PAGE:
Not realizing that the change is within us to come together to find a common denominator, where change can be within us, and partnering with other  people that are like minded, instead of expecting, like you said, someone else out there to do it. 

 

MF:

And recognizing along those lines recognizing that we’re not homogenous.  We’re not one thinking, one thought, one right way.  That doesn’t exist.  That’s a myth.  And for us to disconnect because some person, leader or otherwise, doesn’t want to do it the way we want to do it, and just drop out and say nothing or do nothing.  That’s non productive, and that’s why this community looks like it looks.  I think that’s a tactic of the enemy, whatever that enemy might be.  It’s a means of getting people to fall into a state of being disenfranchised, and we have to change that.  We have to be open minded and receive everyone.  We have to allow everyone to contribute in whatever ways they can, or desire to, and just recognize that we need to determine the direction and the primary objective, and then start working toward that.  Quite honestly, I think it’s incumbent upon our generation to lead that charge.  I was a kid when there was Martin Luther King and there was Malcolm X, and when those people were actively engaged.  I may have been a little bit too young to be a big  part of those organizational efforts.  But I can remember them well enough to know that it takes a large organizational effort to make change happen and we have to engage.  We simply have to engage.  I look forward to that happening.  I think it’s yet possible.  Crazy enough to believe that our God is able and that he doesn’t fail, and if we keep that first and foremost we can see some things happening, and we can see some things happening in a positive way 

 

PG:

I believe that. I believe growing up what old folk used to say that “where there is a will, there is a way.”

 

MF:

That’s right. 


AF:

And that kind of goes back to the entrepreneurship thing I was talking about [laughs] I need to do this because I need to have a little change in my pocket over here, in my little bowl, and pretty soon that bowl will be full enough to send my granddaughter to daycare [laughs] 

 

MF:

Really for what it costs.  

 

PG: 

Now this is the last question: Do either of you know anyone else that you would suggest we talk to to ask these questions?

 

MF:

You know when you started asking about the communities and the homes, I started thinking about people who lived in the neighborhood, and one of the first families that popped up was the Provos, Marvin Provo and Deborah, and all that family.  They should probably be here.  And as we were talking about police and fire relationships,  I thought about my classmate Ryan Summners and his family.  They should probably be here.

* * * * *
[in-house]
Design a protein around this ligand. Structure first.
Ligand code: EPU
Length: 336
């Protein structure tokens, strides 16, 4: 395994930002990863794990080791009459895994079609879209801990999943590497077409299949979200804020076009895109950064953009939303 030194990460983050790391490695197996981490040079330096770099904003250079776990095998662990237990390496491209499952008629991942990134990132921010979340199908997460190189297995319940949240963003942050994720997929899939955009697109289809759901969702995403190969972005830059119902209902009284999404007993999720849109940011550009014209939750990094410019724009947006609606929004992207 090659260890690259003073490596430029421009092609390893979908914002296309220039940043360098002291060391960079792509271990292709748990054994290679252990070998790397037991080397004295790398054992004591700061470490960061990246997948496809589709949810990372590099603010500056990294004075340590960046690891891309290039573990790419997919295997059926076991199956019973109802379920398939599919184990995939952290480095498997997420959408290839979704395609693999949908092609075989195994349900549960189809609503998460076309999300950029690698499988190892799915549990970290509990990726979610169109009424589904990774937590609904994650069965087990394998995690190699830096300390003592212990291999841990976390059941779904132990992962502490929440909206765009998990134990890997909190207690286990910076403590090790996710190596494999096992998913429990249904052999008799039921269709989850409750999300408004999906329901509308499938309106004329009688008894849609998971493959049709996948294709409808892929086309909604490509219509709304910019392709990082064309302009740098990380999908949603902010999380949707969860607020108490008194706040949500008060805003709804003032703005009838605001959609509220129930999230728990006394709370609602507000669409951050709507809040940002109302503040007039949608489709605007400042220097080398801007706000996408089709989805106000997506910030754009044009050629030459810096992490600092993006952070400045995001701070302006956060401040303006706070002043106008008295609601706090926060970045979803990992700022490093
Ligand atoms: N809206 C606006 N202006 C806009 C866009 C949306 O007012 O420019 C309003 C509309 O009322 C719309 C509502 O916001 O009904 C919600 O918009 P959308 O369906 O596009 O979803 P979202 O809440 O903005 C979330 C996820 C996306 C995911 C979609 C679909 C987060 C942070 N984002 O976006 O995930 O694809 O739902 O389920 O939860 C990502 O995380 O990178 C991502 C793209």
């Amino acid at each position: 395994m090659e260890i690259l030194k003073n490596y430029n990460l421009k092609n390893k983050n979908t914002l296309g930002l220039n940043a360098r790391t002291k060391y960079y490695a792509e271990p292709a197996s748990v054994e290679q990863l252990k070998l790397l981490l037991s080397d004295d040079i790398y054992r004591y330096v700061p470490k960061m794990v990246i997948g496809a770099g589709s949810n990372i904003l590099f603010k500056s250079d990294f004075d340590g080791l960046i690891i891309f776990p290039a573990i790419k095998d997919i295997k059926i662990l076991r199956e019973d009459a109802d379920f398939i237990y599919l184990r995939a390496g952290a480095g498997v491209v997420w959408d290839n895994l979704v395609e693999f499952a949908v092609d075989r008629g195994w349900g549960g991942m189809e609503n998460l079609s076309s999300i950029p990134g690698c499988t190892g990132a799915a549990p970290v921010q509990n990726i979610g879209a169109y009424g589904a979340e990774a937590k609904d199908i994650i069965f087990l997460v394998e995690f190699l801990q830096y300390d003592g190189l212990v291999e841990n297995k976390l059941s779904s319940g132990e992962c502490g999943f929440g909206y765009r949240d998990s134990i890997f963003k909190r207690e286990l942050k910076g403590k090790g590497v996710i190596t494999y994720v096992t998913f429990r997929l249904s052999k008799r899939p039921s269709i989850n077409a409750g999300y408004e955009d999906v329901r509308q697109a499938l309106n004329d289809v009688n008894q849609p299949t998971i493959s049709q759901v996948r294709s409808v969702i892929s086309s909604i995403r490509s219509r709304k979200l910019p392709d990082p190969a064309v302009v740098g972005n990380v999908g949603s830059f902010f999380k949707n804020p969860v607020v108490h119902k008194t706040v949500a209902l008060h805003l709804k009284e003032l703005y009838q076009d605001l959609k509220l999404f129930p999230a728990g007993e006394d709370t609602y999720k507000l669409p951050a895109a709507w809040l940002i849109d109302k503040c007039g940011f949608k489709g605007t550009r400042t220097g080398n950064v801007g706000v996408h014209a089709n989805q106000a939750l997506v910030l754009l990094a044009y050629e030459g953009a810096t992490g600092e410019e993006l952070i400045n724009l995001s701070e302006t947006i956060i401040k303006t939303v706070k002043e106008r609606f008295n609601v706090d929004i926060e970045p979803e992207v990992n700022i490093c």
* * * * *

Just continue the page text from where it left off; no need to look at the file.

PG:

How do you spell Provo? 

 

MF:

P-r-o-v-o. 

 

PG:

You mentioned somebody Ron?

 

MF:

Ron Summners.  I guess a couple of my good friends: Chequita Smith Owens

 

PG:
How do you spell her name?

 

MF:

C-h-e-q-u-i-t-a

 

PG:

Smith?

 

MF: 

Mhm. Owens. And Connie Johnson. 

They lived in the… the part that I remember of their family life… in the Edward’s Edition issue and working on the Edward’s Edition project so it comes to mind.  But they probably have some significant stories about the growing up years in Oklahoma City 

 

PG:

Now when you mentioned the Provo family, did you mention a specific name?

 

MF:
Marvin is who I remember most.  

 

AF:
Deborah 

 

MF:

Deborah was one of the sisters. 


AF:

And Sharon.  Sharon is at the paper.  Sharon’s at…


PG:

Yes I know who Sharon…

 

MF:

And the Howards… Reverend Howard’s children: Moses, who is a junior or a third, or something.  His dad was Moses senior.  

 

MF:

I’m sure I’m leaving out some people but those are the names that I can remember of my contemporaries. 

 

PG:

Okay

 

[pause of silence]

 

MF:

Carruthers, Victor- Victor Carruthers.  They have a huge family, deep roots

 

C-a-r-r-u-t-h-e-r-s

 

AF:

And put Sherri Anderson - Beasely. S-h-e-r-r-i

 

PG:

Beasely? B-e-a-s-l-e-y? 

 

AF:

And then put my brother on there: Ralph Franklin.  He’s supposed to be coming through 

 

MF: 

He’ll have a whole host of other names because I’m thinking about the Chandlers, and Bobby Alexander 

 

AF: 

Ya, Robert Alexander put him on there. 

 

MF:

And Albert Chandler 

Marianne Jones 

 

AF:
Marianne Moore 

 

MF:
Evans… What’s the Evans name?

 

AF:

Stanley- Stanley Evans

And you need the Cox family on there 

 

PG:

Stanley Evans… and you said the Cox?

 

AF and MF:

Kevin 

 

MF:

We know so many names.  We’ll be naming now to next month. 

 

PG:

So you want to stop on the names 


AF: 

Yah.